Get information about treatment for hyper and nervous dogs.
Dogs are well known for being energetic and outgoing. These personable canine qualities are the traits that make many dog owners value their pets' companionship so highly. But more is not always better; some dogs, it seems, have limitless energy—so much so that it appears to distort their personalities, making them nervous and high strung. This kind of behavior can become destructive to the household and irritating to the owner. Worse yet, the owner may begin to suspect that the dog is either unhappy or a nervous wreck.
This is a difficult situation for any dog owner to handle. It's natural for owners to wonder: Is this just how my dog is? Is this its natural personality? Is it a behavioral problem I can train it to overcome, or could it be a sign of a deeper medical problem? Where dog behavior is concerned, there are no clear-cut answers. But there are a number of questions to consider, and a number of remedies and treatments that may help.
The first thing to do is to think carefully about the dog's personality. To say that the dog is hyper is to say very little—hyper is a broad and poorly defined term that means different things to different people. Dog trainers use a number of more precise terms to describe dog behavior that could also fit under the hyper umbrella. For example:
Reactive: Reactive dogs are excitable. They're easily startled; they overreact to loud noises; they have a hard time controlling themselves around unfamiliar people or in new situations. They often may tremble from excitement or fear. They may explode with barking at the slightest provocation. It may seem like anything can set them off, or they may only overreact in certain predictable situations.
Many trainers reserve the term hyperactive for dogs that have some kind of neurological or genetic disorder. (Sometimes the term hyperkinetic is used instead.) According to this school of thought, a truly hyperactive dog has obvious and severe problems like the inability to sit still or pay attention, perhaps with chattering teeth or a tongue that hangs out even when the dog is at rest.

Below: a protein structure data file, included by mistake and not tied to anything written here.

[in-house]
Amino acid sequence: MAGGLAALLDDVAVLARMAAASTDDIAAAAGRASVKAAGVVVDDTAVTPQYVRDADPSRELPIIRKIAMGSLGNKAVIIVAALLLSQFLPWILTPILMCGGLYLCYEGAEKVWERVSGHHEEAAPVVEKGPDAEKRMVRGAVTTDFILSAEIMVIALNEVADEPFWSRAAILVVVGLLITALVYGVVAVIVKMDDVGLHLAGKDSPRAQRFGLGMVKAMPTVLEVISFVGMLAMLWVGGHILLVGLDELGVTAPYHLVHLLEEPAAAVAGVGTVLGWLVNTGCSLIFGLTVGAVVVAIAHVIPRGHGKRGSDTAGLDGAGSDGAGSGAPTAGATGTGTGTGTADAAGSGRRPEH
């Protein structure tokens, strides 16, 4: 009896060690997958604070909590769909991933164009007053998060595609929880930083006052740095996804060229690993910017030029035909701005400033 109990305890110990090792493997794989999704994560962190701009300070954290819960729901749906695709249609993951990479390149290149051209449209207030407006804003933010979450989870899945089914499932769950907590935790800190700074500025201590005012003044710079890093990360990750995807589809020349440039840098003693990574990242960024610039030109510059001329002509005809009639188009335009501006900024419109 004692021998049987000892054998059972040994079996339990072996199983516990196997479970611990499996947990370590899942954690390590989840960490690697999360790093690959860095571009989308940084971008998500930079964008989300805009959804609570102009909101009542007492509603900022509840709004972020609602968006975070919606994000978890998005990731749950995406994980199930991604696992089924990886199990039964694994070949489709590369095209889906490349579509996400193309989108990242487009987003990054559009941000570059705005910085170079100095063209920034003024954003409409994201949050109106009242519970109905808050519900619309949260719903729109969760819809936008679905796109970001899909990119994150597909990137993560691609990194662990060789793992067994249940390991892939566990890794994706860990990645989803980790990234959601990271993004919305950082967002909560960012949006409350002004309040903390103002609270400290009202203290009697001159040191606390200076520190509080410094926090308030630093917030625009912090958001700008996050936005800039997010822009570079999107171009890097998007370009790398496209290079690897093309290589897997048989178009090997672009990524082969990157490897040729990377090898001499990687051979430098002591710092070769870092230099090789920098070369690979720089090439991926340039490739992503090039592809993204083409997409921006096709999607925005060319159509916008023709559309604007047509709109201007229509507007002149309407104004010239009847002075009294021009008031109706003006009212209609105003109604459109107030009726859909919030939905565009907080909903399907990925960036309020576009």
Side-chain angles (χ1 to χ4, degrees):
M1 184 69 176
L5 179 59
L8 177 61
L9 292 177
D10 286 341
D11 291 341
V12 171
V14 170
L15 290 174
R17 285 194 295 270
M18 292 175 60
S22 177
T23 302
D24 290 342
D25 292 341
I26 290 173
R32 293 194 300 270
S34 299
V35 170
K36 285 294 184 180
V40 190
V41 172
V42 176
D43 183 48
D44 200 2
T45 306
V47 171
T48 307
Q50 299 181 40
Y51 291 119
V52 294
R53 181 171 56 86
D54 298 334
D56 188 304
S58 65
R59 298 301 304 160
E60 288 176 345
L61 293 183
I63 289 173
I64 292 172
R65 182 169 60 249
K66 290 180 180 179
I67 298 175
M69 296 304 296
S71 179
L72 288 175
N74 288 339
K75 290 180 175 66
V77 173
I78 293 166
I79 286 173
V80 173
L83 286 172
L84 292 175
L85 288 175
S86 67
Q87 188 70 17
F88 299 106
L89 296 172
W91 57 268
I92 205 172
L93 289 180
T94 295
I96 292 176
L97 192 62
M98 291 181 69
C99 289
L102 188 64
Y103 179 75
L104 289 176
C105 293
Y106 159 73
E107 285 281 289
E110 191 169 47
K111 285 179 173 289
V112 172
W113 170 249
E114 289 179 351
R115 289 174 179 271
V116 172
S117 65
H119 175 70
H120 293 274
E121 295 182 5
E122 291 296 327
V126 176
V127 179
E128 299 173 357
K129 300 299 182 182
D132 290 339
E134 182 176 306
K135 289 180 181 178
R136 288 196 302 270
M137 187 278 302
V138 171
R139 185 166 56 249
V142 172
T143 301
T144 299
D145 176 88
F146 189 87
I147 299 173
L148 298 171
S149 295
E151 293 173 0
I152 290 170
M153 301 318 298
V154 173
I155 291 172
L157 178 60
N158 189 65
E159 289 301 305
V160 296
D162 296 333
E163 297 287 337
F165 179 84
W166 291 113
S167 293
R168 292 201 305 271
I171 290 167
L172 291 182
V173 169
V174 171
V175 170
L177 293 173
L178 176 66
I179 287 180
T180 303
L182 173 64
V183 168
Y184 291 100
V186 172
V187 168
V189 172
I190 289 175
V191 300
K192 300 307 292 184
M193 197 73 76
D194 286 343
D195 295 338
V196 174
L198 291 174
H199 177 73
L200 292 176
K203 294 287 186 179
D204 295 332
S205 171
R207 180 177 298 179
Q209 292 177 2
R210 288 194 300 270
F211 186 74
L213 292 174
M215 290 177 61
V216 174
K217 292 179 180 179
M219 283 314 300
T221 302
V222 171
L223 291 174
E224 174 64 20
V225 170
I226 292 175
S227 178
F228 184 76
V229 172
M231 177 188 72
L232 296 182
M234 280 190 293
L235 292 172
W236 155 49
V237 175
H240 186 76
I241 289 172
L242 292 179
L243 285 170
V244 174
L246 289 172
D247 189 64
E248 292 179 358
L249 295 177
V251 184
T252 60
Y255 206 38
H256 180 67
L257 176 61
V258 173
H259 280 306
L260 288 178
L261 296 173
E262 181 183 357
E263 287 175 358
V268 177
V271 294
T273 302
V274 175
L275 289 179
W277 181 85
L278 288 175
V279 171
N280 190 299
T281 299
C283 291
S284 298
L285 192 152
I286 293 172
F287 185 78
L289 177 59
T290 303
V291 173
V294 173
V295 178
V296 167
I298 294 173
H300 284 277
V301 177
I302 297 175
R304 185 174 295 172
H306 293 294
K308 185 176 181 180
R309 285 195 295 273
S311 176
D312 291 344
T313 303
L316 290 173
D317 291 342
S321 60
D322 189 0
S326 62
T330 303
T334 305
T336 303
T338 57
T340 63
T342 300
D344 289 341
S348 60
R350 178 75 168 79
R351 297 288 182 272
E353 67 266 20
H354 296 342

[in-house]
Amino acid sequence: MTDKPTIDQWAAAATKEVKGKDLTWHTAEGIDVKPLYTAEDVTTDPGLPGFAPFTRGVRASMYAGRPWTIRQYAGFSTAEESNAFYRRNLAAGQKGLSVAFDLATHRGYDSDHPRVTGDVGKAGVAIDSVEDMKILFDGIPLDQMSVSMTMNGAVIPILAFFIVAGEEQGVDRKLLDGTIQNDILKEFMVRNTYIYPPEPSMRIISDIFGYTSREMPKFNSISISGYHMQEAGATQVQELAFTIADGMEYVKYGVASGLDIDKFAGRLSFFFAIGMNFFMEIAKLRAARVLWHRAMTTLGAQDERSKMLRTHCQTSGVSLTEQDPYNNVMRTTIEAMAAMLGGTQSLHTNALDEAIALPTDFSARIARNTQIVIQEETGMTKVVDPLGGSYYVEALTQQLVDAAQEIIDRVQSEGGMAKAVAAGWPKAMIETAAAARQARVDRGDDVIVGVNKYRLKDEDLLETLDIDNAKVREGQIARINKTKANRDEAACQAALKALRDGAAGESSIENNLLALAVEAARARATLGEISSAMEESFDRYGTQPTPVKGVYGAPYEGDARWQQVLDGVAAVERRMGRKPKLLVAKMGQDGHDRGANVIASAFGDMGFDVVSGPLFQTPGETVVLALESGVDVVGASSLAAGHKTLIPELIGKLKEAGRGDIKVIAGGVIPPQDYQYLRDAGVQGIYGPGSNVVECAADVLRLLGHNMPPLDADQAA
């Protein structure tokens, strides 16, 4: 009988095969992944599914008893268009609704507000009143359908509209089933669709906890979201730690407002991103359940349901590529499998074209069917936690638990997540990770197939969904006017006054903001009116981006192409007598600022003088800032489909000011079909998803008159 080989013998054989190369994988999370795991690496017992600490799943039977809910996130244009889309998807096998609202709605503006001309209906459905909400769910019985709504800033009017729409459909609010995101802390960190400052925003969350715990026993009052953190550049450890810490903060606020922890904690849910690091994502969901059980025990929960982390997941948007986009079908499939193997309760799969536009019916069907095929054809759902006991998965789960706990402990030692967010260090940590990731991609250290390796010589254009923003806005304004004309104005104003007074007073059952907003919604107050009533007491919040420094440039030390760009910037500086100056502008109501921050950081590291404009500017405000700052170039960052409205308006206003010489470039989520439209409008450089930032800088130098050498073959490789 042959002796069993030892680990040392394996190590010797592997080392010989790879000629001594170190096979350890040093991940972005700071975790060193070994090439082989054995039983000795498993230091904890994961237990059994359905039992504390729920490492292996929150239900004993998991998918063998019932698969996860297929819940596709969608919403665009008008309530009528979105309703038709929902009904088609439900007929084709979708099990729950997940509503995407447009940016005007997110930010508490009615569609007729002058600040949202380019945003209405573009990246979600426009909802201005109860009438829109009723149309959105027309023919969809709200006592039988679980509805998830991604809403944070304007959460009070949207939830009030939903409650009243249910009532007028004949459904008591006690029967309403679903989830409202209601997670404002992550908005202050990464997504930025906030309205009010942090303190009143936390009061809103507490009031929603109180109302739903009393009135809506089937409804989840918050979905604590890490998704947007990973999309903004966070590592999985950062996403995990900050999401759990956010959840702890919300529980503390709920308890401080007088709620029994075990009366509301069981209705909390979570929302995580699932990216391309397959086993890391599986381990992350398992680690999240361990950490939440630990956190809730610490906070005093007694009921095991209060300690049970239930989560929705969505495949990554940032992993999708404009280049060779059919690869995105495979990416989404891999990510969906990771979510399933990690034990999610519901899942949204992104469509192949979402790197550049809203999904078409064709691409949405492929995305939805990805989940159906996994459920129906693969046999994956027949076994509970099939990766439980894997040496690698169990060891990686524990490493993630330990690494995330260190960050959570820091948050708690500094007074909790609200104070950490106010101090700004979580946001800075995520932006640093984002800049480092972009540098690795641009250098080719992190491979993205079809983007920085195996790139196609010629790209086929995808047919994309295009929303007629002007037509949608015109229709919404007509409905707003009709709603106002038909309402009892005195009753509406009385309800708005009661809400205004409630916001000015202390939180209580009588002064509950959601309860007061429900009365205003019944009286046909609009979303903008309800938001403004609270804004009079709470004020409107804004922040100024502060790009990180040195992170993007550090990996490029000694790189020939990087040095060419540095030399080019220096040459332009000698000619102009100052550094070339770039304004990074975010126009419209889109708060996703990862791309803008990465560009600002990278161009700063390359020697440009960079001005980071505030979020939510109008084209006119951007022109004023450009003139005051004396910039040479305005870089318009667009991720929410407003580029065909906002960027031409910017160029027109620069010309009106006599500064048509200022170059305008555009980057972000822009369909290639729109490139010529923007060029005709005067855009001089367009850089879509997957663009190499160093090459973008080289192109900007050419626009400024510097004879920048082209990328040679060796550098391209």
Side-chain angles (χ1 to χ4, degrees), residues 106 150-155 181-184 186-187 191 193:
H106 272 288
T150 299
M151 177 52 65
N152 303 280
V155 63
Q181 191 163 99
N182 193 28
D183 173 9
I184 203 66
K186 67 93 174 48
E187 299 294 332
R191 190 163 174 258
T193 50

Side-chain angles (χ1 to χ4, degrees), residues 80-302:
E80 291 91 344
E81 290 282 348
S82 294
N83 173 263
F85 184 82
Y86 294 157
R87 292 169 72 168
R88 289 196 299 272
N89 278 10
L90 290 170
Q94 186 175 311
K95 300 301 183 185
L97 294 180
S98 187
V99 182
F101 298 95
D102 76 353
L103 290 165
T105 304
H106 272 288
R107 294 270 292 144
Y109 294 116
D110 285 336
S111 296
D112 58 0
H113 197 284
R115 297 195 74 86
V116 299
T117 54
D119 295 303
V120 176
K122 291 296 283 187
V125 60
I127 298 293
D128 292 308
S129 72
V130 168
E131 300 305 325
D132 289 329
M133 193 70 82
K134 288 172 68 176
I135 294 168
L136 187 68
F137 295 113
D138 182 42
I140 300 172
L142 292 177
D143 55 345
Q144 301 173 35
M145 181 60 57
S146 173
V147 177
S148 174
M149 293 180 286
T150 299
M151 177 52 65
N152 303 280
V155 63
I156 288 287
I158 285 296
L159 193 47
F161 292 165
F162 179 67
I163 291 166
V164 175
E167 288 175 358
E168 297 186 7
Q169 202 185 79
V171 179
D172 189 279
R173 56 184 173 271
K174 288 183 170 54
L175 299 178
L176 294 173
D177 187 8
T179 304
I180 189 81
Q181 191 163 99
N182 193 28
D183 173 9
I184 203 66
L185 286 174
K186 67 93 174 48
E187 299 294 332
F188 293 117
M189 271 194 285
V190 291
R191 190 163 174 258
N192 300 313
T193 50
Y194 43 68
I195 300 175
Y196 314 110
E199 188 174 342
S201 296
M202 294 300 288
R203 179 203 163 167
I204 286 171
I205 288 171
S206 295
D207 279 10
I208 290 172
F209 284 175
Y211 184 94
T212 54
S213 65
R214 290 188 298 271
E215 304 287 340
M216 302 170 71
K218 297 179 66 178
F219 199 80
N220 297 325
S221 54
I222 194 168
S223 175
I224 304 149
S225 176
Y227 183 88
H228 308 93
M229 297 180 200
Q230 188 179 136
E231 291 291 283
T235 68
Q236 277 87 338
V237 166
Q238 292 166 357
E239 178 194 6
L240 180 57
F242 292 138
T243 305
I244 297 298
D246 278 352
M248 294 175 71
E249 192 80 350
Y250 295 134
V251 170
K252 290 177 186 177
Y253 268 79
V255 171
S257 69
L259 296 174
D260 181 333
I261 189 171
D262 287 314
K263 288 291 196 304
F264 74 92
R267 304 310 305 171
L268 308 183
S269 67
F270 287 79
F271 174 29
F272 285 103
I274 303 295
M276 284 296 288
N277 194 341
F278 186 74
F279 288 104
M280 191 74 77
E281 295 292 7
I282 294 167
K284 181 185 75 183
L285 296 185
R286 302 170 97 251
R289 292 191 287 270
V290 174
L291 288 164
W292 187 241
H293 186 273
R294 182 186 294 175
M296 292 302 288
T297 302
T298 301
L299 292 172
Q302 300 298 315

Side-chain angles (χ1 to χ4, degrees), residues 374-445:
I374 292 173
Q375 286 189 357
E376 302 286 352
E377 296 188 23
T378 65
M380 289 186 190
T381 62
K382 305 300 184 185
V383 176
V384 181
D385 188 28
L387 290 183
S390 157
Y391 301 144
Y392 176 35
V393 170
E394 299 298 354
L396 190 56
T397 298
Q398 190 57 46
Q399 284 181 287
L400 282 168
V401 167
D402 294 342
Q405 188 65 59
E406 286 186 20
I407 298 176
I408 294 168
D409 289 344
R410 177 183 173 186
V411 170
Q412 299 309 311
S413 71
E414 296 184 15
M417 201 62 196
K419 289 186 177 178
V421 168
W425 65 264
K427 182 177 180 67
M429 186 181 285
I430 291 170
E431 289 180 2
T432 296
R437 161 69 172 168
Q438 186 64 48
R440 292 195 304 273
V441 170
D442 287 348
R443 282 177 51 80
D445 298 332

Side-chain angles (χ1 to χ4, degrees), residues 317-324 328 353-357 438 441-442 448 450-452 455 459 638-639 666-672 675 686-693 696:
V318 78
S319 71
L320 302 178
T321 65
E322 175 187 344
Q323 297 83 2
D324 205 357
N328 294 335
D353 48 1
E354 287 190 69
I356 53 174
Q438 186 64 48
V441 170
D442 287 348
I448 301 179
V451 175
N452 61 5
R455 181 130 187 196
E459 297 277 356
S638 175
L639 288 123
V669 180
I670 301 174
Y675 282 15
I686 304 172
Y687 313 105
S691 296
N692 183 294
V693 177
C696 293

Some dogs just have a lot of energy, either because they're not getting enough exercise or because they're simply a high-energy dog. Some breeds generally have higher energy levels than others, in part depending on the job the dog was originally bred to perform. Dogs from hunting breeds, for example, are more likely to have some of the stamina and energy that would've served their distant ancestors on the trail.
Here are some starting places for treating a hyper dog:
Both high-energy and reactive dogs can benefit from increased exercise.
Training can help a reactive dog control its response to stimulation, while it can provide a high-energy dog with an outlet for expending some of that extra enthusiasm.
Some dog trainers believe that diet is a major influence on dog behavior. Not all dog food is created equal; some low-quality foods are heavily laced with salt, sugar and preservatives, for example. Look for non-behavioral signs that indicate a poor diet, such as loose, lightly colored stools, a dry coat or other skin problems. High-quality food doesn't necessarily mean the food that's most expensive at the grocery store. In fact, most grocery stores do not stock the best food. Talk to a veterinarian or a dog's breeder for recommendations. Some trainers also have reported great success with a diet based on people food.
Dogs that are truly hyperactive rather than just high-energy or reactive often respond poorly to training. In fact, since this condition has its roots in the dog's neurological function, some people consider truly hyperactive dogs to be essentially untrainable. In these cases, medication may give some relief. Intuition suggests that tranquilizers would help the hyperactive dog, but in fact this is not the case. Drugs that stimulate the central nervous system are actually much more useful for helping truly hyperactive dogs slow down.
For more information on treating hyperactive dogs, check out the dog behavior tip sheet from The Humane Society of the United States.